So what do we so in dip Trace has actually an option for this? I haven't looked in. I've only looked at the passing clots in Altium. And it didn't seem like Altium had this feature. Eagle doesn't. I gotta look at KY CAD. Yeah, but what I have this question is what do we do about this? What I'm doing with this as I'm just gonna, I just was like, let it ride. Like, those pads are big. We're using a seven mil stencil. It's only a 10 mil hole. So it's not going to end in the backside is like is or is tented it's not going to like flow a ton of solder through it. It's gonna be fine. It's a J lead component, so we can inspect it, but yeah, why
you're gonna be no big deal. I mean, you should probably fix it in the future. Rev. But you'll already did it already. Yeah, good. Yeah. You know, yeah. Here's the thing. If you tried to do like a Gerber check on this. Your DRC on Gerber's is going to have a hell of a hard time finding this. Because the way the way it looks like in Gerber's is. Pad versus traits versus plane versus whatever. They all show up as just the same thing offensively as QA polygon as a polygon, right. So so, so a Gerber search doesn't distinguish trace versus pad. So so you could you could look at your drill file and see where your drills are hitting, but it doesn't it wouldn't be able to know distinguish between elements. Yeah,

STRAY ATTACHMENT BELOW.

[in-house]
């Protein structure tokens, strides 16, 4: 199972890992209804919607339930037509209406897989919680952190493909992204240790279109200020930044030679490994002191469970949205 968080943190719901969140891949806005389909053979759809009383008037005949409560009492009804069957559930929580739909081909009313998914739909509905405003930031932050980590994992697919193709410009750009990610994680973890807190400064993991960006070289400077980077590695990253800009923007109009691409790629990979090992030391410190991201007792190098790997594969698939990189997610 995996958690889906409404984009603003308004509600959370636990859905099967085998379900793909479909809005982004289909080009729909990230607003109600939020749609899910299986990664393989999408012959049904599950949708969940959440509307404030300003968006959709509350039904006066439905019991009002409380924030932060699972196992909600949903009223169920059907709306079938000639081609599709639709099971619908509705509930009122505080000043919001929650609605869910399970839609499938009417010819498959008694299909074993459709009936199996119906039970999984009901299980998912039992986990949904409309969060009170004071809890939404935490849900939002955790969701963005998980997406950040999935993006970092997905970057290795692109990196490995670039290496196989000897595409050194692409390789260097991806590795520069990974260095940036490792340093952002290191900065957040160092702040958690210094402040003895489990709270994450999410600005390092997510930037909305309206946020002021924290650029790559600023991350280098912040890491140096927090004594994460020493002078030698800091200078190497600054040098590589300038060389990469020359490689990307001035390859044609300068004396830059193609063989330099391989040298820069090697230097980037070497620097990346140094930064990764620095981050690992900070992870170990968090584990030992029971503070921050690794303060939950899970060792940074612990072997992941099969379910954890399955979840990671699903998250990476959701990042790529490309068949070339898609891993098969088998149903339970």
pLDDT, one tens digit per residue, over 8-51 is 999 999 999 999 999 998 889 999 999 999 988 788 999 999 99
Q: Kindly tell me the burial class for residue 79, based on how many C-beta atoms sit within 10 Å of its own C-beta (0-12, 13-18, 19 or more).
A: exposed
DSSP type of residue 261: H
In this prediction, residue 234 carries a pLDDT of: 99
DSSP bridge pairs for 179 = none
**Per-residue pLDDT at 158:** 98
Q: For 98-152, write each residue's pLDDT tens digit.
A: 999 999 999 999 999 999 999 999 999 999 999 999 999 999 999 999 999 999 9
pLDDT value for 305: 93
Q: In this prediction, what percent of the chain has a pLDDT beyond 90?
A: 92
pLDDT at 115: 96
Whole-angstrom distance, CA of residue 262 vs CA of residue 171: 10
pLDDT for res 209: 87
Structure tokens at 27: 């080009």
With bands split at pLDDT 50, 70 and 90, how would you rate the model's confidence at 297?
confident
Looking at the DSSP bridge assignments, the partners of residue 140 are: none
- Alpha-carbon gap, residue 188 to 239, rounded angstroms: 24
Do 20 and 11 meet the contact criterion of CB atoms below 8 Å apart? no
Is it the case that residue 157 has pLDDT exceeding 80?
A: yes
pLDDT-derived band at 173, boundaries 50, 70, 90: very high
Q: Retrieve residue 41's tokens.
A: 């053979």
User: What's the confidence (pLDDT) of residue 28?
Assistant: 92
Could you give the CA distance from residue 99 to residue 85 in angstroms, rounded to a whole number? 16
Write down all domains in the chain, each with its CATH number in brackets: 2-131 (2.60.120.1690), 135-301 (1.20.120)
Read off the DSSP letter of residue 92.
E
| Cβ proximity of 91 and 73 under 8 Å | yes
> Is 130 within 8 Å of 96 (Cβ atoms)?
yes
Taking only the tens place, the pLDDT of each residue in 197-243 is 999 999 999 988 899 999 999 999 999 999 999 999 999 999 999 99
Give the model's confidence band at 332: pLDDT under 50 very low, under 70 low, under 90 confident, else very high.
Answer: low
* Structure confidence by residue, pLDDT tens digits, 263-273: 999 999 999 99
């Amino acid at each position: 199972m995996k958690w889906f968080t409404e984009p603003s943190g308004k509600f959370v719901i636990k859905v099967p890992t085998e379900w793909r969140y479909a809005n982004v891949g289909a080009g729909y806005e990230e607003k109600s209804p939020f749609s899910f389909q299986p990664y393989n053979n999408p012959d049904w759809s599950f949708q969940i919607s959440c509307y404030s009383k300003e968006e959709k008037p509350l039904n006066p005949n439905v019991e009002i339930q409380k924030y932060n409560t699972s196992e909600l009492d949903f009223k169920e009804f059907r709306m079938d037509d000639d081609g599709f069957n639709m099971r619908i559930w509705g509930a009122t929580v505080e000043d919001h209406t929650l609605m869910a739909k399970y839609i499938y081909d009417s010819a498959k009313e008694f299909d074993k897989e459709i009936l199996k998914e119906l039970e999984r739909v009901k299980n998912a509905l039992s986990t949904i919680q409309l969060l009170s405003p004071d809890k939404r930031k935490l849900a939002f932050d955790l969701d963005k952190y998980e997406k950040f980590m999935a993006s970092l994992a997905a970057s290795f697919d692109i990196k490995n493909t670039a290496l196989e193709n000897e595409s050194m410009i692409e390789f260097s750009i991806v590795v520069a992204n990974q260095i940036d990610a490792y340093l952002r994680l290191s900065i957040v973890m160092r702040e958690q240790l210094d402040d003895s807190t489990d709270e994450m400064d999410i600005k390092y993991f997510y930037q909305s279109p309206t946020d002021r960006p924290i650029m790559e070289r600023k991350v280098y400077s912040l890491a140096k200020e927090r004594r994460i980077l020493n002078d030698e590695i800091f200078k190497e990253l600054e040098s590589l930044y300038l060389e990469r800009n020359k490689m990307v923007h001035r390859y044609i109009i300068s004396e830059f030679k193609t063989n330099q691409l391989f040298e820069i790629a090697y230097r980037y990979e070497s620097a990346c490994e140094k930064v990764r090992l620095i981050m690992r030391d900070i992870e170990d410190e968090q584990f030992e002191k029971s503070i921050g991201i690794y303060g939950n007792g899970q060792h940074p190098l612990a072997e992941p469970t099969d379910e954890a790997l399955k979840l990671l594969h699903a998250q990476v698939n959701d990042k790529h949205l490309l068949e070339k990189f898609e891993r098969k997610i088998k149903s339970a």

so Mmm, my suggestion to numerical innovations whose builds fat 3000, which is what we use as an internal tool. My suggestion was, hey, if a habit as a checkbox, we can check if a drill hits the pace file. Right? Right, right and throw a warning for that doesn't have to be an error, just like a warning, or, actually the great thing about factor Ks, we can set what levels they are as well. So when our engineers check stuff, or our automated tools checks off, it will only throw like errors. And then it's also warning so that you can just like, warnings are stuff that you can just approve, where errors are like, you can't approve it, you have to fix it. Whereas this would be a warning for sure. Like because it could be intentional, or it could not be intentional. And so that they said there were they would implement that. But it's not in place yet. Like this only got caught because of a eyeball looked at it and was like, that's not right.
Yeah, something's weird here. Yeah. At the same time, with that kind of a check. I think that would I think that would work. But if I'm nitpicking here, you're looking at the drill, and where the drill hits the paste. But it would be nice to see like the edge of the annular ring, not be in the paste. And that's that that gets way more difficult. That's EDA fix. Well, you could just put
like, A, you just put a buffer on it.
Sure. Yeah. Or I guess, if the drill, the drill has to be covered by mask, or the mask layer that's even further than the pace layer. Yeah, that can be
Yeah. So what I'm gonna do about this is, I'm gonna write a ULP. At the Texas,
that's such an eagle thing to do.